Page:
Today, though, the building is gone and replaced by a roomful of trees.

Eventually, all of Rachel’s children traveled the country and the world extensively, despite their humble beginnings, and they all worked in one way or another to maintain the farm, regardless of their successes and travels. Rachel mused upon her daughters’ 1928 round-the-world trip when she wrote this on May 23, 1929: “Do you suppose the old mother bird has any idea of the places her young ones will go when they become fully fledged and able to fend for themselves? Well in this day of rapid and easy travel, it is no wonder people go to far places. If it was by the slow and tiresome ways of the pioneers, it would be more of an adventure to go a hundred miles than it now is to cross the continent.”

It’s hard to imagine, with the forest so grown up, that Rachel could stand at the farmhouse looking north and actually see the schoolhouse as her children walked home. The first pioneers cleared the trees; today’s pioneers protect them.


TOWARD THE END of her life, Rachel was photographed in my favorite spot at the farm: the pergola, a grass walkway bordered by square stone pillars crisscrossed at the top by a canopy of wooden branches and wisteria vines covered in lavender blossoms. Grandfather Walnut, an almost-champion tree, looms like a giant overhead. His branches twist down almost to the ground at the end of the pergola near two stone benches. Rachel sits upon the left stone bench, knees together and face drawn, like there’s a lot on her mind and she’s not exactly happy.

East of the pergola, the path dips into a holler where a springhouse is tucked away, nearly hidden. It’s an enchanted, mossy place enjoyed by cottonmouth snakes and maybe fairies. Across a stream full of Blanchard’s cricket frogs that jump everywhere one steps, there’s a hill along a row of black locusts that droop with white wisterialike blooms every spring. Their candy fragrance is overwhelming.

The hillside is the location of the first known pioneer structure built by Europeans on this farm, but I can’t be certain of the exact spot. Locals claim you can only see the outline of the foundation in melting snow. Snow is a rare phenomenon 100 years after winters brought snow heavy enough to inspire homebound teenagers to throw quilting parties to disguise their dating life. If only Rachel could tell me where the chimney used to stand erect in this field, but she remains silent.

Farther up the hill, just a few hundred feet from the original cabin site, is the modern cabin I call home.

Like the pioneer cabins, ours is rectangular, off-grid and made of wood. That’s about where the similarities end. Our 336-square-foot tiny house sits on a trailer, the wheels off the ground and covered in white protective bags. It looks like the cabin is floating on puffy marshmallows.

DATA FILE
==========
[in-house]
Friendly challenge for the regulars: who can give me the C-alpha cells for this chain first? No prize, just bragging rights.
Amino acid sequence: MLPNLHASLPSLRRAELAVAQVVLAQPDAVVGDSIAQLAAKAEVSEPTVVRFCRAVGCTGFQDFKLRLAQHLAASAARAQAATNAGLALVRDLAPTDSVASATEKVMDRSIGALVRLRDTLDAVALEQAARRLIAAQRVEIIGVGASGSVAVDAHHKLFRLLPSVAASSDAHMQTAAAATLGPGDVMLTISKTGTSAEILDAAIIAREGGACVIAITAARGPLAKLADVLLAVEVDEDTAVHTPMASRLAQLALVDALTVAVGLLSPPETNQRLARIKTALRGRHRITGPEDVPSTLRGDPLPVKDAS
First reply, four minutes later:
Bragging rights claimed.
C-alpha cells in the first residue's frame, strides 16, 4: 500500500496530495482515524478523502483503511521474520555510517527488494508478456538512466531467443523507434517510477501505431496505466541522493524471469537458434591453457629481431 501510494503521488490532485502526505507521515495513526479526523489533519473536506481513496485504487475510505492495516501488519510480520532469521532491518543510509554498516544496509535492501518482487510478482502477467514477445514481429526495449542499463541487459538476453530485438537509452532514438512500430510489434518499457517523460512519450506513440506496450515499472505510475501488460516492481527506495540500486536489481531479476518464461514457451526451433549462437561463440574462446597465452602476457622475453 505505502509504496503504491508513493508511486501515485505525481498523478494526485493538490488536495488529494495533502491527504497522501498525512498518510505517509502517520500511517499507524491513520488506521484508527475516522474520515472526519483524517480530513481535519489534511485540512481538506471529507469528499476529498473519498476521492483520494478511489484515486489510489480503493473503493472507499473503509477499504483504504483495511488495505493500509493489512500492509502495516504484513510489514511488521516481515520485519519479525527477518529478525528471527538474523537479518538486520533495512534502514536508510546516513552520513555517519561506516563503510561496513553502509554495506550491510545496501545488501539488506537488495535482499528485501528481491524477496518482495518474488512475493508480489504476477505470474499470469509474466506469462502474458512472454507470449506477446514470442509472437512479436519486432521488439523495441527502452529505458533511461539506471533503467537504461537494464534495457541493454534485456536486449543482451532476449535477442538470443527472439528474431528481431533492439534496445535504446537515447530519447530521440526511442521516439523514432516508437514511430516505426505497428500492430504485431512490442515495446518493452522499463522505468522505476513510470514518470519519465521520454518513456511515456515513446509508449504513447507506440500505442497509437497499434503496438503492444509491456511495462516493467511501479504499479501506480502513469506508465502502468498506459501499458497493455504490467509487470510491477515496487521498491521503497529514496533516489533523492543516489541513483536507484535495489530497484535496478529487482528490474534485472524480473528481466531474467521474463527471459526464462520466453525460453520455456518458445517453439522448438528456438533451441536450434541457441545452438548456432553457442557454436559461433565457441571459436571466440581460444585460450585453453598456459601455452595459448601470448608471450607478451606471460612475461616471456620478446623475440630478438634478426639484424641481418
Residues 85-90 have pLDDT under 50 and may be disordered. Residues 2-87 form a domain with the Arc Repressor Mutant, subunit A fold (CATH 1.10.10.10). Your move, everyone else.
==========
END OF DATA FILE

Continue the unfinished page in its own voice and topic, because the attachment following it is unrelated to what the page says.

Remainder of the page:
A birder friend calls me a pioneer woman because we are pioneering a more sustainable way of life. He often cheers us on through setbacks by reminding us that the pioneers endured many hardships. I guess we are a bit like modern pioneers. But instead of conquering the wilderness, we’re trying to save it.

We harness our daily lifestyle to that environmental goal. Our electricity comes from solar energy. Our house gets water from the rain that fills a 550-gallon cistern. Because we live in a rainy climate, we rarely worry about running out of water. The indoor water pump, however, is such a character that we’ve nicknamed it Bowser after the villain from the world of Super Mario Brothers, himself named after the inventor of the first fuel pump. Whenever we run the tap, the pump makes a type of Bowser roar that is loud enough to wake sleepers and interrupt conversations. Bowser is also the name of Rachel’s family’s pet dog, coincidentally.

The aroma of pine welcomes anyone who enters our cabin. There’s a bright, spacious kitchen along one wall, and a wooden table in one corner where I draw plants and animals. Two benches conceal the solar power system’s batteries and provide seating room at the table. A padded window seat is across from bookshelves and a screen where we watch movies. Rachel enjoyed silent films like Ben-Hur (1925) and was impressed by how realistic it looked; can you imagine her reaction to cinemas of today? Our bathroom features a Separett composting toilet that isn’t always a darling, but Rachel was accustomed to outhouses, so I’m grateful ours is indoors.

Wooden storage stairs rise up into our cozy bed loft. A tiny door next to the bed leads out onto our balcony. Sometimes it feels like I’m hovering over the world. Fields and hills nuzzle up to each other from one end of the horizon to the other. Dragonflies dash across a sea of sunset-colored grasses, followed by the dance of fireflies at twilight. Looking out from the balcony over Rachel’s stomping grounds where I often walk, it’s easy to see remnants of the past, but the future is more of a mystery. What will I tell the person who is next going to love this place enough to protect it? Will they walk with Rachel, too?

“Rachel would be pleased if she could see this, don’t you think?” Anne often says.

Yes, I think she would. 

A writer, artist and naturalist, Amanda Bancroft lives with her husband at the Historic Johnson Farm in an off-grid tiny house. For more of her work, visit ripplesblog.org.